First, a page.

Sir Paul is cool. “I’m Paul McCartney, or as I’m known, that guy from Rock Band“. Great line about animation being for “adults who take drugs“, but oddly not a peep out of the crowd when he dropped that blatant hint about a resurrected Yellow Submarine project.

NBC ducked a bullet. Outside of a couple of barbs from Julianne Margulies (“thanks to Les Moonves for believing in a 10:00 drama”) and Gervais (joking that NBC would replace him with Jay Leno during the show), the Tonight Show fustercluck was hardly mentioned. I heard there were comments on the red carpet part of the program, but I don’t do red carpets.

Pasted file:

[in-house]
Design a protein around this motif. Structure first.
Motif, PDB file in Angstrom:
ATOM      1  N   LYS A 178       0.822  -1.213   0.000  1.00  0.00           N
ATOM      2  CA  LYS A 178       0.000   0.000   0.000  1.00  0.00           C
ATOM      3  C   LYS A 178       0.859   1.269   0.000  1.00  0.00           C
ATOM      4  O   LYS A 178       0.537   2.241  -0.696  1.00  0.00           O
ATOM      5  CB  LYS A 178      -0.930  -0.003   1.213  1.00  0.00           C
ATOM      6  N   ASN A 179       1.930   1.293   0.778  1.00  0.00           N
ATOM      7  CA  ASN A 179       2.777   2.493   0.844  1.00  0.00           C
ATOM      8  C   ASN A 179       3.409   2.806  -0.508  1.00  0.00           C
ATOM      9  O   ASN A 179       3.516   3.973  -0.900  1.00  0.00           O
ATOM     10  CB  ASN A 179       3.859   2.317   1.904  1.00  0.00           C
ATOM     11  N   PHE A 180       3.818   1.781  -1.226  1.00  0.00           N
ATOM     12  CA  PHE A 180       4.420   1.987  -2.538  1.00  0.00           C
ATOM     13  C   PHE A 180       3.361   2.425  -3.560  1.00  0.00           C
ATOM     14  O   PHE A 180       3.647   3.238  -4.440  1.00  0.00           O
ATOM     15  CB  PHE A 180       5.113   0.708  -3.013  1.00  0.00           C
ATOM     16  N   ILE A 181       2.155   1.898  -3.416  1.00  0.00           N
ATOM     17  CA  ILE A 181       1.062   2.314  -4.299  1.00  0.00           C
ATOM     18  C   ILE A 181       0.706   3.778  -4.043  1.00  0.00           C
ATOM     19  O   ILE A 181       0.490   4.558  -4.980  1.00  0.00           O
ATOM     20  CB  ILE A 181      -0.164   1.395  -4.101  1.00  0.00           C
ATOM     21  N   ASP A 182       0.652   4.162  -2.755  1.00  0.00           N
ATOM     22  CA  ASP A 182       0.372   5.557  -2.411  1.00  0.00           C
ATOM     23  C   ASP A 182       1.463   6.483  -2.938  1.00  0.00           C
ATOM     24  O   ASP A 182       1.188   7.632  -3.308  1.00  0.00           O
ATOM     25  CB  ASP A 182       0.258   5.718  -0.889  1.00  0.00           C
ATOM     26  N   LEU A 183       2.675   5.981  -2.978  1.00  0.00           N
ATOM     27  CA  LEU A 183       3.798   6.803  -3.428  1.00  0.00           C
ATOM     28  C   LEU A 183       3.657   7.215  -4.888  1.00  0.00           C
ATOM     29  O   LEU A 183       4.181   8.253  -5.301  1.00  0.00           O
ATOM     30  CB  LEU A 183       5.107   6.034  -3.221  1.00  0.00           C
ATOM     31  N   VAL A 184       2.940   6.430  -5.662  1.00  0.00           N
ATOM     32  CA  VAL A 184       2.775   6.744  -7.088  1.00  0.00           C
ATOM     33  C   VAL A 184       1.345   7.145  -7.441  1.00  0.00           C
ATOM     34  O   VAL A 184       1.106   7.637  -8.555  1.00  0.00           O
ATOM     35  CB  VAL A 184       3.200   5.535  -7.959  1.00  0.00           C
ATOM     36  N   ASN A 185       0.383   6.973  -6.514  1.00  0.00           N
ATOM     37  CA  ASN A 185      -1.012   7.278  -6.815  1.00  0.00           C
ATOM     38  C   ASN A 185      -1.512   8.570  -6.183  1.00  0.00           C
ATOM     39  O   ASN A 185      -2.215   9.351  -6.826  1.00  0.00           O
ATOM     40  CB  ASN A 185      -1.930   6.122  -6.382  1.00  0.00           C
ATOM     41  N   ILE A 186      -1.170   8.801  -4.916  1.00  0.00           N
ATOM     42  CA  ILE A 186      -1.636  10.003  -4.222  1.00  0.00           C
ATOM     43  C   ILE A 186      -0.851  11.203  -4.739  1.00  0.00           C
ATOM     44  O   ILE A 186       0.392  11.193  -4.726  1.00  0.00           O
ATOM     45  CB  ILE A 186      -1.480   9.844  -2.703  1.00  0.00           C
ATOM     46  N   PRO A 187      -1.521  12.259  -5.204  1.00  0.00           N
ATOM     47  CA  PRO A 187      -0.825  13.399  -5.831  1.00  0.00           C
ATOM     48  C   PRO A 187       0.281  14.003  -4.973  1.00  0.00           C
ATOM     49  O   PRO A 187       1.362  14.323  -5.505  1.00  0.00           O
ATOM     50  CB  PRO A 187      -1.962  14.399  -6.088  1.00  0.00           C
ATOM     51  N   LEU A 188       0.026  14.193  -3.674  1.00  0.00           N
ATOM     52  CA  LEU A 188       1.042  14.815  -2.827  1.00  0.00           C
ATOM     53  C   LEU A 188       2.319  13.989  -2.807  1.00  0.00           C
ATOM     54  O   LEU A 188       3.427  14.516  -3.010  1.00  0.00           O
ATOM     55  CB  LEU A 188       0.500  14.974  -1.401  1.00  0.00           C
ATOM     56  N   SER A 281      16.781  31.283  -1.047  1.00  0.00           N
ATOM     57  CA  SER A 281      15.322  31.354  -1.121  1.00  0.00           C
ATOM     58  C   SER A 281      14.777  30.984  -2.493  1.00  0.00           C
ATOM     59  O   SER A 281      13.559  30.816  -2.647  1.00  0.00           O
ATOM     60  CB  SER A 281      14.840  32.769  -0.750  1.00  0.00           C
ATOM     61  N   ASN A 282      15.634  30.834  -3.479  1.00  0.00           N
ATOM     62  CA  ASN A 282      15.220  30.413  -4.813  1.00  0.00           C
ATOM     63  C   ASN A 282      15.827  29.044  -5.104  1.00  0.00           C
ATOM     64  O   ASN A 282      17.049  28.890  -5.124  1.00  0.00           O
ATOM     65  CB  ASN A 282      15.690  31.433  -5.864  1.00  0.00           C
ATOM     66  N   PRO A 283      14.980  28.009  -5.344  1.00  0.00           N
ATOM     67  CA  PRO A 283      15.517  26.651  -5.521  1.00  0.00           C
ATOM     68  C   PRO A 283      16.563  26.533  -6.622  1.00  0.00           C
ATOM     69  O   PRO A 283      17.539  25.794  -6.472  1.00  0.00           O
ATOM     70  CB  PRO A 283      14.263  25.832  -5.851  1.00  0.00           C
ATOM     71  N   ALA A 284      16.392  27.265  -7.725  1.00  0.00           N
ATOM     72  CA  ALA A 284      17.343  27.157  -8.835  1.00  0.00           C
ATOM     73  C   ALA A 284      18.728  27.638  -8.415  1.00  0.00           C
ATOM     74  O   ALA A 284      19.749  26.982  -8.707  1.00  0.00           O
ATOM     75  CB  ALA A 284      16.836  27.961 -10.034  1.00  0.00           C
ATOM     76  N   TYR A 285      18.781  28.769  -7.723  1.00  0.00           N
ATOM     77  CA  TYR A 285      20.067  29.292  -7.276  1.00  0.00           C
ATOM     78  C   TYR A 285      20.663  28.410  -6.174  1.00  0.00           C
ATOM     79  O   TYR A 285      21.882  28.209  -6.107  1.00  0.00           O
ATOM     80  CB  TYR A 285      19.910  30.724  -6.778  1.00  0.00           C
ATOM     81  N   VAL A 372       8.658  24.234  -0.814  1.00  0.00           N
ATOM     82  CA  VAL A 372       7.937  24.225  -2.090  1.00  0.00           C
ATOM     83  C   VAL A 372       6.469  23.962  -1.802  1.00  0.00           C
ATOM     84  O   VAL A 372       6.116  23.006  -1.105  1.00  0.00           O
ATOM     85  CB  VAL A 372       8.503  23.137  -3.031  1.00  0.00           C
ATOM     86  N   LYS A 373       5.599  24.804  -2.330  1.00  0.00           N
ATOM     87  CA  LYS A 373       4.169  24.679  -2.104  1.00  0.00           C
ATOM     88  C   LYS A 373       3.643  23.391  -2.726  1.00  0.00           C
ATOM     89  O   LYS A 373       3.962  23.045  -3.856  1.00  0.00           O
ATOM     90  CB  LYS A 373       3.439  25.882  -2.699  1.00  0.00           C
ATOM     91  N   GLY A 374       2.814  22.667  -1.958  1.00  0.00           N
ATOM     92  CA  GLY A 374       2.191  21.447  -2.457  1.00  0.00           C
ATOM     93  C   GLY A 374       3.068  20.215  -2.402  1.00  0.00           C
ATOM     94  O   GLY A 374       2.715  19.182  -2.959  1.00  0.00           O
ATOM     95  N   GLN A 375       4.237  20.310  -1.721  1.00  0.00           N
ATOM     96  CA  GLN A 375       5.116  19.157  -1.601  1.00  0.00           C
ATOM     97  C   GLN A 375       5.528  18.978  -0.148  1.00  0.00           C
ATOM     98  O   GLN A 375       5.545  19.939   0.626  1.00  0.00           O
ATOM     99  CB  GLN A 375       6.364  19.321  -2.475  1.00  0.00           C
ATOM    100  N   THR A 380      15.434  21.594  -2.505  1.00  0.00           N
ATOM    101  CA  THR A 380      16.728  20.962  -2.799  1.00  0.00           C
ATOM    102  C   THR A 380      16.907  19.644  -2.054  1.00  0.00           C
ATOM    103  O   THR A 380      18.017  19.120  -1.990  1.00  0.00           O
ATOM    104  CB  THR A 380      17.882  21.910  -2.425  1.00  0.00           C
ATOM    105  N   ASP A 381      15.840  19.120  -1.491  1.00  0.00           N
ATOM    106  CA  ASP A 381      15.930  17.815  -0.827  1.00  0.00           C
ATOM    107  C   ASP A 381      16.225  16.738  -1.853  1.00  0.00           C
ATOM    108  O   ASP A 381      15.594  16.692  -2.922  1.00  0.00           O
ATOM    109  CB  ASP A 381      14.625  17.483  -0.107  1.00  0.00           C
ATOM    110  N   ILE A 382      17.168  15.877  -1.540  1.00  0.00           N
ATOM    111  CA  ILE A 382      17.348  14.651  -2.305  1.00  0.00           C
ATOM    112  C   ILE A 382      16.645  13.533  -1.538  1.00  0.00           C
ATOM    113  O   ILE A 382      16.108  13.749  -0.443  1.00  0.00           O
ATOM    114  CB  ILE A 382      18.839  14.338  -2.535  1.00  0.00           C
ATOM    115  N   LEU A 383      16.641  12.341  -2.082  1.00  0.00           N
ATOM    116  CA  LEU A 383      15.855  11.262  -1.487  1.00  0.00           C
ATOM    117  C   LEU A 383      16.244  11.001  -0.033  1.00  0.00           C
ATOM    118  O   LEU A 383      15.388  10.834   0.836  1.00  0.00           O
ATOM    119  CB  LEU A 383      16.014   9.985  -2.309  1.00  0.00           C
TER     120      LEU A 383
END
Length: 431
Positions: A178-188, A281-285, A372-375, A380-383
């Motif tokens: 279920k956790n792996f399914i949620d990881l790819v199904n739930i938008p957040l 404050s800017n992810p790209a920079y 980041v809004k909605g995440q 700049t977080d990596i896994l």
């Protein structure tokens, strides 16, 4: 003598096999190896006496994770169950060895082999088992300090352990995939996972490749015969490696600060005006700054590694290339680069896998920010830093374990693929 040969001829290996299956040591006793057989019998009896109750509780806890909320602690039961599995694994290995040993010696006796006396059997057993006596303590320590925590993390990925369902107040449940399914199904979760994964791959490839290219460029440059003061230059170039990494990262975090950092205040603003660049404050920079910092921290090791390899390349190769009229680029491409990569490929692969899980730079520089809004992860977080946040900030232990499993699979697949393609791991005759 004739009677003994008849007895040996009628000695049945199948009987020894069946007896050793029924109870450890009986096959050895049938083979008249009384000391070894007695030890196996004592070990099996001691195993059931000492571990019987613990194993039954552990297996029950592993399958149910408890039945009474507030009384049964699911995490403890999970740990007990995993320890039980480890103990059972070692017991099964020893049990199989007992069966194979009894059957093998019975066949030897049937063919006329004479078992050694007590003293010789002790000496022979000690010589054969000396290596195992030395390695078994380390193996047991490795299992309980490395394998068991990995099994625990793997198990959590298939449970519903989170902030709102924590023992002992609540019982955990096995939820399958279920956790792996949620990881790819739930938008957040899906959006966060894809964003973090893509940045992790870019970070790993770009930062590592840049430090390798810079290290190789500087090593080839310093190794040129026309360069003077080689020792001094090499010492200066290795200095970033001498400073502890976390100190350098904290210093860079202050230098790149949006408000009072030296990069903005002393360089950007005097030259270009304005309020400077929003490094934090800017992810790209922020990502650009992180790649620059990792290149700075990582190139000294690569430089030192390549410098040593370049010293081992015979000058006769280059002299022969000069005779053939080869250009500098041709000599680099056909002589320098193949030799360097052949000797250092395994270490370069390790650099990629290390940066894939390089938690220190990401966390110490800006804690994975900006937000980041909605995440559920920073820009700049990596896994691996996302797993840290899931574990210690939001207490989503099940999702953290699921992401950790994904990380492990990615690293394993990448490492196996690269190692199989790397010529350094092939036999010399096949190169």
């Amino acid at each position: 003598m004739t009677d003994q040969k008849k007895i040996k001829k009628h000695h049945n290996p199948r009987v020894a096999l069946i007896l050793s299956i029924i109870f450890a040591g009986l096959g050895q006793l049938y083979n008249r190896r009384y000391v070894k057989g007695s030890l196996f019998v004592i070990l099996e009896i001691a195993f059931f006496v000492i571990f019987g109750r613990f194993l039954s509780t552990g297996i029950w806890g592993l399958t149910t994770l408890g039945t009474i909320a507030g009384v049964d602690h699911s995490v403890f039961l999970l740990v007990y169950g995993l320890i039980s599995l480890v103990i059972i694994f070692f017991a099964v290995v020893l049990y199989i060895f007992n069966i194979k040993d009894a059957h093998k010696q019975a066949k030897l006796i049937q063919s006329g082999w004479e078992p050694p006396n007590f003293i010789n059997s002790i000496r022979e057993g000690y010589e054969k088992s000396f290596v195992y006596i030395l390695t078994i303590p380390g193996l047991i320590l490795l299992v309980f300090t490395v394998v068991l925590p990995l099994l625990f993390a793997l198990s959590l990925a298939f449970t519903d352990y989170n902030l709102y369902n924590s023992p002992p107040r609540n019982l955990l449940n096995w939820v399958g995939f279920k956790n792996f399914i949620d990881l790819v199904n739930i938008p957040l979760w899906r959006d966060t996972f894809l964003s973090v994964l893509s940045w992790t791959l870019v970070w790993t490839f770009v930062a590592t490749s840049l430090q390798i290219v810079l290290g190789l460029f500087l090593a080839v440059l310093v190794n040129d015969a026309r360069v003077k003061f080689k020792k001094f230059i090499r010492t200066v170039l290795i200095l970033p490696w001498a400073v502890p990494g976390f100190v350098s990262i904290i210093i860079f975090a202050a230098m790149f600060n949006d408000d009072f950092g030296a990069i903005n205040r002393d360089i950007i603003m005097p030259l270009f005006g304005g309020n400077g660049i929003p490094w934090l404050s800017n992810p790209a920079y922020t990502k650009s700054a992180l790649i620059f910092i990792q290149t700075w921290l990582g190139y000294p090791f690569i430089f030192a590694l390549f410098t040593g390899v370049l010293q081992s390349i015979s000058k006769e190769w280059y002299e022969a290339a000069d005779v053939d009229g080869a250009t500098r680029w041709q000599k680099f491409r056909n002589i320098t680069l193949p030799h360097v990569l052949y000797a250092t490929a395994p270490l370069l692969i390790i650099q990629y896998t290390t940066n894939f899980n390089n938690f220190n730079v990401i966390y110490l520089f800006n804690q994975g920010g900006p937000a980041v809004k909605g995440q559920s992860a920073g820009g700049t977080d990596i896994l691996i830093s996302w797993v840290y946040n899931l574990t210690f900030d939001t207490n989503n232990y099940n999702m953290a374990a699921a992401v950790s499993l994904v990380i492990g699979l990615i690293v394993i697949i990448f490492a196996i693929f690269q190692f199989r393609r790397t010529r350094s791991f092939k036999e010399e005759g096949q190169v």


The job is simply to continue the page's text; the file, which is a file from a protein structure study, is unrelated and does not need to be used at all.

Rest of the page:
And most importantly I should never wager. Sure, I picked three of the four NFL playoff games (and would have won all four had San Diego’s kicker not gone Norwood on them) but betting on film awards is a good place to clean out your wallet. Six out of ten isn’t bad, but nothing to brag about. (Wrong picks in red.)

Best Picture (Drama): Avatar (The Hurt Locker)
Best Picture (Musical or Comedy): The Hangover (It’s Complicated)
Best Director: James Cameron, Avatar
Best Actor (Drama): Jeff Bridges, Crazy Heart (George Clooney)
Best Actress (Drama): Sandra Bullock, The Blind Side
Best Actor (Musical or Comedy): Robert Downey, Jr., Sherlock Holmes
Best Actress (Musical or Comedy): Meryl Streep, Julie & Julia
Best Supporting Actor: Christoph Waltz, Inglourious Basterds
Best Supporting Actress: Mo’Nique, Precious (Vera Farmiga) 
Best Screenplay: Jason Reitman and Sheldon Turner, Up in the Air

But I’ll be doing this again at Oscar time, of course. It’s only Internet money, right?

Golden Globe nominees and winners.

Critic’s Choice Movie Awards also announced this weekend.